Most stock markets in the Gulf ended lower on Tuesday as oil prices fell on expectations that lingering U.S. inflation could keep interest rates higher for longer, depressing consumer and industrial demand. U.S. Federal Reserve officials said on Monday they were awaiting more signs of slowing inflation before considering interest rate cuts.

Oil prices, a catalyst for the Gulf's financial markets, dropped by more than $1 with Brent trading at $82.46 a barrel by 1300 GMT.

The Abu Dhabi benchmark index slipped 0.3% with conglomerate Alpha Dhabi Holding declining 4.8% and Abu Dhabi Commercial Bank sliding 2.6%. Among other losers, First Abu Dhabi Bank shed 0.8%, after the UAE's largest lender was reported to be in advanced talks to acquire Turkish conglomerate Koc Group's 61.2% stake in Yapi Kredi for about $8 billion.

Saudi Arabia's benchmark stock index fell marginally with Al Rajhi Bank, the world's largest Islamic lender, shedding 0.8% and ACWA Power falling 1.9%, while Saudi Arabian Mining and Saudi Electricity gained 2.4% and 4.7% respectively.

The Qatari benchmark index rose 0.4%, helped by a 1.1% gain in Qatar National Bank, the region's largest lender and a 1.2% increase in Qatar Islamic Bank. Meanwhile, major gas producer Qatar has received over $10 billion in orders for its green bonds sale.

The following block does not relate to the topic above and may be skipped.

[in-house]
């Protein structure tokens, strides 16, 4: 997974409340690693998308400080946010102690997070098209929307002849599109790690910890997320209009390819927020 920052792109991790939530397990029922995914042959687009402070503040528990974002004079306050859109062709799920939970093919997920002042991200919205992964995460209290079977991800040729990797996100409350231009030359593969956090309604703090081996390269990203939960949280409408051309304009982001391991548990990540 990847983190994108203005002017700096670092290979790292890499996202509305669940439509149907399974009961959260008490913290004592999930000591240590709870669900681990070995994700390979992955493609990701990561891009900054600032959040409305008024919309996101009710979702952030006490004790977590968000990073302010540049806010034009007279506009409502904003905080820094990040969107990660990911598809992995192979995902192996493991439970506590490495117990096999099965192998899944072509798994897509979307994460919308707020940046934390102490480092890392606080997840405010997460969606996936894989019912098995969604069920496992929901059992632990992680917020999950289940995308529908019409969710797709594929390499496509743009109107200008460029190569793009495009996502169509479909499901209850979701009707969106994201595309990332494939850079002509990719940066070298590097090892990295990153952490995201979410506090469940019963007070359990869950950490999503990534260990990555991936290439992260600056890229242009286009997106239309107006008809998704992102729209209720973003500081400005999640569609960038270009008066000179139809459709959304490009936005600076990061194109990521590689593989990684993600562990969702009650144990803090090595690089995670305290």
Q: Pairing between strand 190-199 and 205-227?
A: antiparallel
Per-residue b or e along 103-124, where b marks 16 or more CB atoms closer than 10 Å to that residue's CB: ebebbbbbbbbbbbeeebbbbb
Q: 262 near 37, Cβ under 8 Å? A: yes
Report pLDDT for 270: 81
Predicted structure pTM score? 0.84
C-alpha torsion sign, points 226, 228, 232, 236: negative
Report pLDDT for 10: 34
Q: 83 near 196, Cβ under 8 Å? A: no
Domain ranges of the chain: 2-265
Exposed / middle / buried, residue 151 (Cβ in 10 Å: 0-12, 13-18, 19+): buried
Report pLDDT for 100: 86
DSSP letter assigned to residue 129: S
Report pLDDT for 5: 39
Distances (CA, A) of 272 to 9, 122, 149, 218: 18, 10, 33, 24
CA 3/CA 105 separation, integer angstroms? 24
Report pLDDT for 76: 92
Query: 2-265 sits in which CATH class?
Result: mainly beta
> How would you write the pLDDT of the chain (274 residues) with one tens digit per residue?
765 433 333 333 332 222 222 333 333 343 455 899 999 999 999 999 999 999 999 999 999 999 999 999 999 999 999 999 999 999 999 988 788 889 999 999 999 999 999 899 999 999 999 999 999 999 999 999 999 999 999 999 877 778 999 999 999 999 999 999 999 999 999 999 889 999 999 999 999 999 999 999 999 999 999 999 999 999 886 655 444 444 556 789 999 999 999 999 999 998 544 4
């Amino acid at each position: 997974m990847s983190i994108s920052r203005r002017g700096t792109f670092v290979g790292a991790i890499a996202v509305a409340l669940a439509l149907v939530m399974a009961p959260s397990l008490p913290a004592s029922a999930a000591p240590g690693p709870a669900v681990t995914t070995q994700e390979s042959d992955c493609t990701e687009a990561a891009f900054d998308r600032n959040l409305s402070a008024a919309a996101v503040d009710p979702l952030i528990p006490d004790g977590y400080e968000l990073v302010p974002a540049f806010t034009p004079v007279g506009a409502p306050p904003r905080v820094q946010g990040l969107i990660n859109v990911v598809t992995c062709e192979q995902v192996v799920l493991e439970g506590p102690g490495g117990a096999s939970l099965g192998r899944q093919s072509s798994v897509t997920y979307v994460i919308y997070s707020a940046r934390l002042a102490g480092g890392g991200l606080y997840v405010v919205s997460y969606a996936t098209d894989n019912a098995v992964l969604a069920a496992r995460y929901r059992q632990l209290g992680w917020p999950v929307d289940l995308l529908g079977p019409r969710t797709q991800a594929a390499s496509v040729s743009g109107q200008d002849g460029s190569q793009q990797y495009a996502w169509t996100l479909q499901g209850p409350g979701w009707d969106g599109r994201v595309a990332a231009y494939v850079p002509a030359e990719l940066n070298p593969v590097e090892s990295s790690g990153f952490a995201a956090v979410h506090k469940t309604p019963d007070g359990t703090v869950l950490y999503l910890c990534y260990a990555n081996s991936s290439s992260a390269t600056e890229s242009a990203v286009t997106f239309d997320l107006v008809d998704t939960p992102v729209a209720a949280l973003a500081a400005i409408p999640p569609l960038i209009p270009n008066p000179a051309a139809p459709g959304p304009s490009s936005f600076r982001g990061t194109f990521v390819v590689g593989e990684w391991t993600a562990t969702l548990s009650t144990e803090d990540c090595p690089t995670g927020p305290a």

Dubai's benchmark index was up after four straight sessions of losses to end 0.2% higher, supported by gains in real estate and industry sectors. The blue-chip developer Emaar Properties surged 4.4% and tolls operator Salik Company climbed 1.5%. Elsewhere, the International Monetary Fund said on Monday the United Arab Emirates was experiencing strong economic growth, with overall real GDP projected to grow by about 4% this year, higher than earlier estimates.

Outside the Gulf, Egypt's blue-chip index was steady with Talaat Mostafa falling 2.6% while E-finance for Digital climbed 4.6%. Separately, Egypt's central bank is likely to leave overnight interest rates unchanged when its monetary policy committee meets on Thursday, its first meeting since Egypt signed an $8 billion agreement with the IMF in March.

  • SAUDI ARABIA ended flat at 12,122
  • KUWAIT lost 0.3% to 7,791
  • QATAR was up 0.4% to 9,716
  • EGYPT ended flat at 27,225
  • BAHRAIN lost 0.2% to 2,014
  • OMAN fell 0.1% to 4,779
  • ABU DHABI lost 0.3% to 9,009
  • DUBAI added 0.2% to 4,075

(Reporting by Md Manzer Hussain; Editing by Andrew Cawthorne)